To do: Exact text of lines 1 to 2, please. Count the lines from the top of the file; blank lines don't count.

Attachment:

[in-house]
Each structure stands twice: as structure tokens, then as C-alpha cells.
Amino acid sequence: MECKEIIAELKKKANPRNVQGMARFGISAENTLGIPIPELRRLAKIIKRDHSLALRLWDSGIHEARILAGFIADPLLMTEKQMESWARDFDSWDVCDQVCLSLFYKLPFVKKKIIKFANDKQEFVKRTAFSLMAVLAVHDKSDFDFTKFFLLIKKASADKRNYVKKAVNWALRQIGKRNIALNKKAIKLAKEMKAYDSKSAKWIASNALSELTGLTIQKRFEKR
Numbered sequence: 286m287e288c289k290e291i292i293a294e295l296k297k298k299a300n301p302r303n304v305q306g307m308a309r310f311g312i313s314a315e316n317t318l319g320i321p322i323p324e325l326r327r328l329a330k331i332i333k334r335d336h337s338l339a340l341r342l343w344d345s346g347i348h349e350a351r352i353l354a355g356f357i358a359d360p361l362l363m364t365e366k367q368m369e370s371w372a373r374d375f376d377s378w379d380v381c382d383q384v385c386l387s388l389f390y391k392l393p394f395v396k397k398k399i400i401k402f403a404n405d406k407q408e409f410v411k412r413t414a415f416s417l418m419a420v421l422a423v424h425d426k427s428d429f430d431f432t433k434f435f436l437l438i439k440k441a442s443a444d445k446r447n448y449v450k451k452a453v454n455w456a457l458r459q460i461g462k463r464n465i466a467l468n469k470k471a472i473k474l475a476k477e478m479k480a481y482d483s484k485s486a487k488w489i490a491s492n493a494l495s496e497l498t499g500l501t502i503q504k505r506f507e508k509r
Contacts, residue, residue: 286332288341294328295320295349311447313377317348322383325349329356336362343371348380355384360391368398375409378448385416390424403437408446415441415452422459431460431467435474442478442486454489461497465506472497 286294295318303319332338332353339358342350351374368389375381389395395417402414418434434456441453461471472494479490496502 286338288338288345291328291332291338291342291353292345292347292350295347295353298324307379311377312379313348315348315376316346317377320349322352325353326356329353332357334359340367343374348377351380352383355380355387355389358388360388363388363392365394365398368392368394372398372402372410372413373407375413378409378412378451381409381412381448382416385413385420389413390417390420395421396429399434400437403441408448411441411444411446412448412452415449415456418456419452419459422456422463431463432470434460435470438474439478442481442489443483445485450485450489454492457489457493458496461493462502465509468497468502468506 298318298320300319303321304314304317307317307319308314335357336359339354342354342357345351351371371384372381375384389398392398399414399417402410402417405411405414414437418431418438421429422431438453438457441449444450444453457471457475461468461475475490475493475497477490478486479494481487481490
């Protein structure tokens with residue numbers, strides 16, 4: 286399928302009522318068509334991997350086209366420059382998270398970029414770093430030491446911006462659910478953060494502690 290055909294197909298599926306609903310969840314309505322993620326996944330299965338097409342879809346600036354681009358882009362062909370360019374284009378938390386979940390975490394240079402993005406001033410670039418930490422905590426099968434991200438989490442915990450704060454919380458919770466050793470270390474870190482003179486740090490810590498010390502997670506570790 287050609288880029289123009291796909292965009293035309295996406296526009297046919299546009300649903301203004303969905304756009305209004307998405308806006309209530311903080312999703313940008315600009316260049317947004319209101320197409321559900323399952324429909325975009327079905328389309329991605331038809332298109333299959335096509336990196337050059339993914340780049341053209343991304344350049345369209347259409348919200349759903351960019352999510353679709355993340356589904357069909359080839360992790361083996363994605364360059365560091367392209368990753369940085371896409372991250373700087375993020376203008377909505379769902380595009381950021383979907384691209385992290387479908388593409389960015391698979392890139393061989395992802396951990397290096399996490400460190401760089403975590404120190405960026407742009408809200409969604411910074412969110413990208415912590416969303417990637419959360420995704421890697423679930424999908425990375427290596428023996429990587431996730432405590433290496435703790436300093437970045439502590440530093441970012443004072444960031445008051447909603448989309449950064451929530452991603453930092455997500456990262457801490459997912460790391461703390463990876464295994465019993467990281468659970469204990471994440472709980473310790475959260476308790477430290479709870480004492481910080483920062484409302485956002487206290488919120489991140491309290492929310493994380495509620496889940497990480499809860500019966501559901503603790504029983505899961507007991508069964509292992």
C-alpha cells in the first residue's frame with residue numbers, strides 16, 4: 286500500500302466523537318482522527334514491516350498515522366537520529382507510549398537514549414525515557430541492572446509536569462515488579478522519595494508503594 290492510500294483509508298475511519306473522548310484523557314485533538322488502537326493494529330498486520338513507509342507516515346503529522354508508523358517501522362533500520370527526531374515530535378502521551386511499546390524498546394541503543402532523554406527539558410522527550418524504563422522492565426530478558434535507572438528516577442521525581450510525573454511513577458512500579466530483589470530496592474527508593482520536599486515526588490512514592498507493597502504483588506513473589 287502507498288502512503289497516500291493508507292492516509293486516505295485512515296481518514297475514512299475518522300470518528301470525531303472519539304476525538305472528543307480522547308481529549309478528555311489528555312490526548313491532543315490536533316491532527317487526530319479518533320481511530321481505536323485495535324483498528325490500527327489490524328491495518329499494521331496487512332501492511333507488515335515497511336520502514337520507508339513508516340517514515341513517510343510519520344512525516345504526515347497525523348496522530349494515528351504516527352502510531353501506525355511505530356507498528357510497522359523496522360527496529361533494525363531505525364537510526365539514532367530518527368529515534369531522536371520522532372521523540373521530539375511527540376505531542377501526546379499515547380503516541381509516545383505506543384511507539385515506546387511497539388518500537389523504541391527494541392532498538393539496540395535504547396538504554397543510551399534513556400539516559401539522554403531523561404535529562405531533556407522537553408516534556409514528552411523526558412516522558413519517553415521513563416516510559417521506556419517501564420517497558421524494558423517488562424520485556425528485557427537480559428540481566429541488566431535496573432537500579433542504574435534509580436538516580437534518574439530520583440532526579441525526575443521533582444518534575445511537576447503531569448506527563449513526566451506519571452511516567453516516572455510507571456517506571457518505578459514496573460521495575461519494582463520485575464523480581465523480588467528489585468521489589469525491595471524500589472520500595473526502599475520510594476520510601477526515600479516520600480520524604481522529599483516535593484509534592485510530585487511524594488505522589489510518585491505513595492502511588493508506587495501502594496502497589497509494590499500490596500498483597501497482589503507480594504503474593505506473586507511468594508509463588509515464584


[in-house]
Each structure stands twice: as structure tokens, then as C-alpha cells.